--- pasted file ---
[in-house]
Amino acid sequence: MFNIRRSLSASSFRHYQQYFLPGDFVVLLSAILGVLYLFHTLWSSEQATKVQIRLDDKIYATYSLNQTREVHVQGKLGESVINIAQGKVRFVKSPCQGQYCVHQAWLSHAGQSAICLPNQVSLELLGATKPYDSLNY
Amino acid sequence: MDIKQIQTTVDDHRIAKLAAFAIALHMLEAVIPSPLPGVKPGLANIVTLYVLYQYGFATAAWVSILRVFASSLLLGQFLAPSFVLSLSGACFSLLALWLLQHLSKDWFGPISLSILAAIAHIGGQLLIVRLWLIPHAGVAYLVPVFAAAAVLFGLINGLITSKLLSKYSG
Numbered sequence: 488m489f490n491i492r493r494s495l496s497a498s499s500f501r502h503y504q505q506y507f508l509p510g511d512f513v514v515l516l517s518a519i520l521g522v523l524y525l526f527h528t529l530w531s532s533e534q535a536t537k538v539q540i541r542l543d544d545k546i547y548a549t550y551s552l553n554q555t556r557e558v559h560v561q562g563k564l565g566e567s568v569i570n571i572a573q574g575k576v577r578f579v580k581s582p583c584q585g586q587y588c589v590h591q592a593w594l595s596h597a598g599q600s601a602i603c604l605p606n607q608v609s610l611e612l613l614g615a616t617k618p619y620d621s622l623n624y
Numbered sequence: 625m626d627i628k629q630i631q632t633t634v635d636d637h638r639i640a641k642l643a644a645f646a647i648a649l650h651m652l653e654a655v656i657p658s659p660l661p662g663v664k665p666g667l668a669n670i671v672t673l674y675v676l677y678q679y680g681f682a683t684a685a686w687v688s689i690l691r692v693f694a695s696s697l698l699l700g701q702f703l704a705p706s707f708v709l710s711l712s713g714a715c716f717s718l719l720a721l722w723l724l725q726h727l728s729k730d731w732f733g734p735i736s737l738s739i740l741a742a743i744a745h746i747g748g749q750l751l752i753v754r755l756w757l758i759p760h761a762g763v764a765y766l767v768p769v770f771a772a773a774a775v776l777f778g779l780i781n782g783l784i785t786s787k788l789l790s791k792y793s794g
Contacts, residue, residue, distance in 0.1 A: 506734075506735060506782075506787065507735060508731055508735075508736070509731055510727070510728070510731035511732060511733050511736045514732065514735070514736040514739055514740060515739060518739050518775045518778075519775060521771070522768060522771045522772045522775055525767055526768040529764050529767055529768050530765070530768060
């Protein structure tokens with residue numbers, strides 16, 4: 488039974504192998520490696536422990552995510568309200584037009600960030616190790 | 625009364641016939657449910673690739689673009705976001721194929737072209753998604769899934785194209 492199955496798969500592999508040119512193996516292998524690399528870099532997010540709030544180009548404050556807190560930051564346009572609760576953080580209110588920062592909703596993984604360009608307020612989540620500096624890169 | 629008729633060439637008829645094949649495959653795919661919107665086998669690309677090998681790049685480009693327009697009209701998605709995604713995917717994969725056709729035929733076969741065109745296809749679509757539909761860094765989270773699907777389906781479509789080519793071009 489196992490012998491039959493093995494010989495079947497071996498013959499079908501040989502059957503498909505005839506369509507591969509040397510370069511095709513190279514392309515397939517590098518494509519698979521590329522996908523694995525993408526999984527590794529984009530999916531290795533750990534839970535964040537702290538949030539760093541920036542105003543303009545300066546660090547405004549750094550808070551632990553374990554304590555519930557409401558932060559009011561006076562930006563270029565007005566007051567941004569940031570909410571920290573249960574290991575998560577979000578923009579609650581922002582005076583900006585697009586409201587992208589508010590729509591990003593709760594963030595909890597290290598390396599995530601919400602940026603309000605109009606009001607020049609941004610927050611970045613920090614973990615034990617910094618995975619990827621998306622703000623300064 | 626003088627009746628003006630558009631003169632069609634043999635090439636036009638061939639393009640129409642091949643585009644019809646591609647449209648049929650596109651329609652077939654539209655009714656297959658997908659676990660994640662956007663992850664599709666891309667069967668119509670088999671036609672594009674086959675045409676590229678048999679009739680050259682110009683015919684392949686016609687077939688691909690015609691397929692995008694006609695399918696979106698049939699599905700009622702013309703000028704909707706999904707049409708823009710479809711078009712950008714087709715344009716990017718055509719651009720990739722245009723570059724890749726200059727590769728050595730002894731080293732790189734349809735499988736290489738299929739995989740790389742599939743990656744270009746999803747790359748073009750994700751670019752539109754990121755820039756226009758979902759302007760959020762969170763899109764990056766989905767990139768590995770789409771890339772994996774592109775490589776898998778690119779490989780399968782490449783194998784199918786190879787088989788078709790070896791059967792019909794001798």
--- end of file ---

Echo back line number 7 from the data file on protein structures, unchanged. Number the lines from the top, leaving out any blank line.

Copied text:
């Protein structure tokens with residue numbers, strides 16, 4: 488039974504192998520490696536422990552995510568309200584037009600960030616190790 | 625009364641016939657449910673690739689673009705976001721194929737072209753998604769899934785194209 492199955496798969500592999508040119512193996516292998524690399528870099532997010540709030544180009548404050556807190560930051564346009572609760576953080580209110588920062592909703596993984604360009608307020612989540620500096624890169 | 629008729633060439637008829645094949649495959653795919661919107665086998669690309677090998681790049685480009693327009697009209701998605709995604713995917717994969725056709729035929733076969741065109745296809749679509757539909761860094765989270773699907777389906781479509789080519793071009 489196992490012998491039959493093995494010989495079947497071996498013959499079908501040989502059957503498909505005839506369509507591969509040397510370069511095709513190279514392309515397939517590098518494509519698979521590329522996908523694995525993408526999984527590794529984009530999916531290795533750990534839970535964040537702290538949030539760093541920036542105003543303009545300066546660090547405004549750094550808070551632990553374990554304590555519930557409401558932060559009011561006076562930006563270029565007005566007051567941004569940031570909410571920290573249960574290991575998560577979000578923009579609650581922002582005076583900006585697009586409201587992208589508010590729509591990003593709760594963030595909890597290290598390396599995530601919400602940026603309000605109009606009001607020049609941004610927050611970045613920090614973990615034990617910094618995975619990827621998306622703000623300064 | 626003088627009746628003006630558009631003169632069609634043999635090439636036009638061939639393009640129409642091949643585009644019809646591609647449209648049929650596109651329609652077939654539209655009714656297959658997908659676990660994640662956007663992850664599709666891309667069967668119509670088999671036609672594009674086959675045409676590229678048999679009739680050259682110009683015919684392949686016609687077939688691909690015609691397929692995008694006609695399918696979106698049939699599905700009622702013309703000028704909707706999904707049409708823009710479809711078009712950008714087709715344009716990017718055509719651009720990739722245009723570059724890749726200059727590769728050595730002894731080293732790189734349809735499988736290489738299929739995989740790389742599939743990656744270009746999803747790359748073009750994700751670019752539109754990121755820039756226009758979902759302007760959020762969170763899109764990056766989905767990139768590995770789409771890339772994996774592109775490589776898998778690119779490989780399968782490449783194998784199918786190879787088989788078709790070896791059967792019909794001798």